Prepare for, rather than predict, future events in the world of oil…
Most commentators are predicting a continued low oil price for the next year at least. This assumes all other things being equal. One of the key assumptions was that the geopolitical situation remains constant.
A few days ago I wrote a column summarising the reasons for the sustained low oil price. The day after, Saudi Arabia and Iran broke off diplomatic relations as protesters set fire to the Saudi embassy in Tehran following the execution of a cleric in Saudi Arabia. Since then Qatar and Kuwait have recalled their ambassadors to Iran.
Why should this matter? After all, these rising tensions have not affected the price of oil as the Wall Street Journal reports. The continuing low oil price predictions seem unaffected because there is a glut of oil in the market at the moment.
Things could change. The nature of the confrontation between Iran and Saudi Arabia has a religious dimension and this could have unpredictable consequences. At the moment both countries are in conflict with one another by proxy in Yemen and Syria where hundreds of thousands of people have been killed and millions displaced. The tensions between the two countries run deep and threaten to surface as direct conflict. What happens here matters to the world of oil.
Five of the top ten oil producing countries are located in this region.
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This is magnified further by the geography that has a critical chokepoint. The U.S. Energy Information Administration (EIA) defines world oil chokepoints as narrow channels along widely used global sea routes, some so narrow that restrictions are placed on the size of the vessel that can navigate through them. Chokepoints are a critical part of global energy security because of the high volume of petroleum and other liquids transported through their narrow straits.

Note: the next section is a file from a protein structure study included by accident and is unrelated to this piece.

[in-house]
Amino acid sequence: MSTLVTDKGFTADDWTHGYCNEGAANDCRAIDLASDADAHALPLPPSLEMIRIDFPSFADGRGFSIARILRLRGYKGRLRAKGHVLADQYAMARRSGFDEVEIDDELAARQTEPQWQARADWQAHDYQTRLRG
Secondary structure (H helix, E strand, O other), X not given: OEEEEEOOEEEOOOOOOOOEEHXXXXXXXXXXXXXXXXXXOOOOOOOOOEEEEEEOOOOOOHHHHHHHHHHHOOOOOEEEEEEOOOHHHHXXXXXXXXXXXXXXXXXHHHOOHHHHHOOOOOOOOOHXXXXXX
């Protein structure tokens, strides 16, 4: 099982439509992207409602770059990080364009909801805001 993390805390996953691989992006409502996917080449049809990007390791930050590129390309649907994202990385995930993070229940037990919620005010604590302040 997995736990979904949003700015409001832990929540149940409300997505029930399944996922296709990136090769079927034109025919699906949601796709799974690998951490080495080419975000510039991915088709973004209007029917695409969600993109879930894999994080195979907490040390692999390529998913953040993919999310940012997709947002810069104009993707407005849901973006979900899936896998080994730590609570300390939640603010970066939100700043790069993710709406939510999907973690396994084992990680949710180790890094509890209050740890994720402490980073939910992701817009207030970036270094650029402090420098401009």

Let’s take a closer look at the region. Iran and Saudi Arabia face each other over the Persian Gulf. 17 million barrels of oil are loaded on to tankers each day. These oil tankers have to pass though a narrow point called the Strait of Hormuz. Any direct conflict between Iranian and Saudi forces would probably halt this flow, which is 30% of all the oil traded by sea.
At this point you might be thinking, surely this chokepoint has been anticipated and there is a backup supply plan. The short answer is yes; road tankers could transport several hundred thousand barrels of oil per day but this is a minor amount. Pumping oil through pipes is a more effective method of transporting the oil.
There are pipelines that can bypass the Strait of Hormuz. Some pipelines such as the Trans-Arabian Pipeline (TAPLINE) that runs from Qaisumah in Saudi Arabia to Sidon in Lebanon are not operational. There are two relevant operating pipelines: The Abu Dhabi Crude Oil Pipeline operated by the United Arab Emirates and the East- West Pipeline (Petroline) operated by Saudi Arabia.
The two operational pipelines do have some spare capacity and in theory could transport a further 3.7 million barrels of oil per day. Work published by Forbes has calculated that alternative supplies could make up the supply deficit and this would raise world oil prices by 15-20%.
This calculation assumes supply responding to demand instantly. Any delays will cause large price shocks in the market.
Another factor worth bearing in mind is the destination of the oil. Of the 17 million barrels transported each day, 85% is shipped to the Asian markets, principally Japan and China. At the time of writing China’s markets are in a fragile state with share trading suspensions leading some to wonder if the world’s second-largest economy is in deepening trouble.
Predicting exactly what events will emerge from all this complexity will be an impossible task, the best we can hope for is to look at the potential outcomes and prepare as much as we can.
One certainty is that China needs a Plan B when it comes to oil supply, but that, dear Investorintel reader is a story for a future column…
Adrian Nixon is a Senior Editor at InvestorIntel. He began his career as a scientist and is a Chartered Chemist and Member of the Royal ... <Read more about Adrian Nixon>